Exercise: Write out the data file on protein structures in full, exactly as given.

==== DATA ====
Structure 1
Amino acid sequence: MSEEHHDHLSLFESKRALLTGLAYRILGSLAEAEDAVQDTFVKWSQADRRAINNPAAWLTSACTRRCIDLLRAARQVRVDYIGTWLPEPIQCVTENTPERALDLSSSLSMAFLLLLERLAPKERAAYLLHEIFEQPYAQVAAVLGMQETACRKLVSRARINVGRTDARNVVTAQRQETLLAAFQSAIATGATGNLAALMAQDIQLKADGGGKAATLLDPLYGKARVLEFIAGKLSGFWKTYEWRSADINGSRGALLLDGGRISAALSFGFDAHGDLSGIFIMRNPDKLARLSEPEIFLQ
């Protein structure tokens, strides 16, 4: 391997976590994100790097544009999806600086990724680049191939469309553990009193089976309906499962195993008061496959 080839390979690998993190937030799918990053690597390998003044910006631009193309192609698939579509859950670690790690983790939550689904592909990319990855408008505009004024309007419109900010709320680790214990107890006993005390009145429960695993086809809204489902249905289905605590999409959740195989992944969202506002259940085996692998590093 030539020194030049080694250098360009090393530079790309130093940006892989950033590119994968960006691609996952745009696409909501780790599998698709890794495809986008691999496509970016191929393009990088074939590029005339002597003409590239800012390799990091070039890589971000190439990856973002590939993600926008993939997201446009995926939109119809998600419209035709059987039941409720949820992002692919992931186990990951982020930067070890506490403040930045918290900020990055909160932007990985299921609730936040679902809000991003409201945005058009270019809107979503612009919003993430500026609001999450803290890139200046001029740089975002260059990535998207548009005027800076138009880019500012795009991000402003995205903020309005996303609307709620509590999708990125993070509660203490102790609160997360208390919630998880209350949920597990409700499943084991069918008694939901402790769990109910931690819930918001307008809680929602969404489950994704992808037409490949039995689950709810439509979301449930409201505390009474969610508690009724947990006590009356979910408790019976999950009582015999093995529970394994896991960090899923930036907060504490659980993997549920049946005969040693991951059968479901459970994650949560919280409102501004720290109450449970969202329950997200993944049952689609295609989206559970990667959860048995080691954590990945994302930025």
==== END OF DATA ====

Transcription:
Structure 1
Amino acid sequence: MSEEHHDHLSLFESKRALLTGLAYRILGSLAEAEDAVQDTFVKWSQADRRAINNPAAWLTSACTRRCIDLLRAARQVRVDYIGTWLPEPIQCVTENTPERALDLSSSLSMAFLLLLERLAPKERAAYLLHEIFEQPYAQVAAVLGMQETACRKLVSRARINVGRTDARNVVTAQRQETLLAAFQSAIATGATGNLAALMAQDIQLKADGGGKAATLLDPLYGKARVLEFIAGKLSGFWKTYEWRSADINGSRGALLLDGGRISAALSFGFDAHGDLSGIFIMRNPDKLARLSEPEIFLQ
């Protein structure tokens, strides 16, 4: 391997976590994100790097544009999806600086990724680049191939469309553990009193089976309906499962195993008061496959 080839390979690998993190937030799918990053690597390998003044910006631009193309192609698939579509859950670690790690983790939550689904592909990319990855408008505009004024309007419109900010709320680790214990107890006993005390009145429960695993086809809204489902249905289905605590999409959740195989992944969202506002259940085996692998590093 030539020194030049080694250098360009090393530079790309130093940006892989950033590119994968960006691609996952745009696409909501780790599998698709890794495809986008691999496509970016191929393009990088074939590029005339002597003409590239800012390799990091070039890589971000190439990856973002590939993600926008993939997201446009995926939109119809998600419209035709059987039941409720949820992002692919992931186990990951982020930067070890506490403040930045918290900020990055909160932007990985299921609730936040679902809000991003409201945005058009270019809107979503612009919003993430500026609001999450803290890139200046001029740089975002260059990535998207548009005027800076138009880019500012795009991000402003995205903020309005996303609307709620509590999708990125993070509660203490102790609160997360208390919630998880209350949920597990409700499943084991069918008694939901402790769990109910931690819930918001307008809680929602969404489950994704992808037409490949039995689950709810439509979301449930409201505390009474969610508690009724947990006590009356979910408790019976999950009582015999093995529970394994896991960090899923930036907060504490659980993997549920049946005969040693991951059968479901459970994650949560919280409102501004720290109450449970969202329950997200993944049952689609295609989206559970990667959860048995080691954590990945994302930025």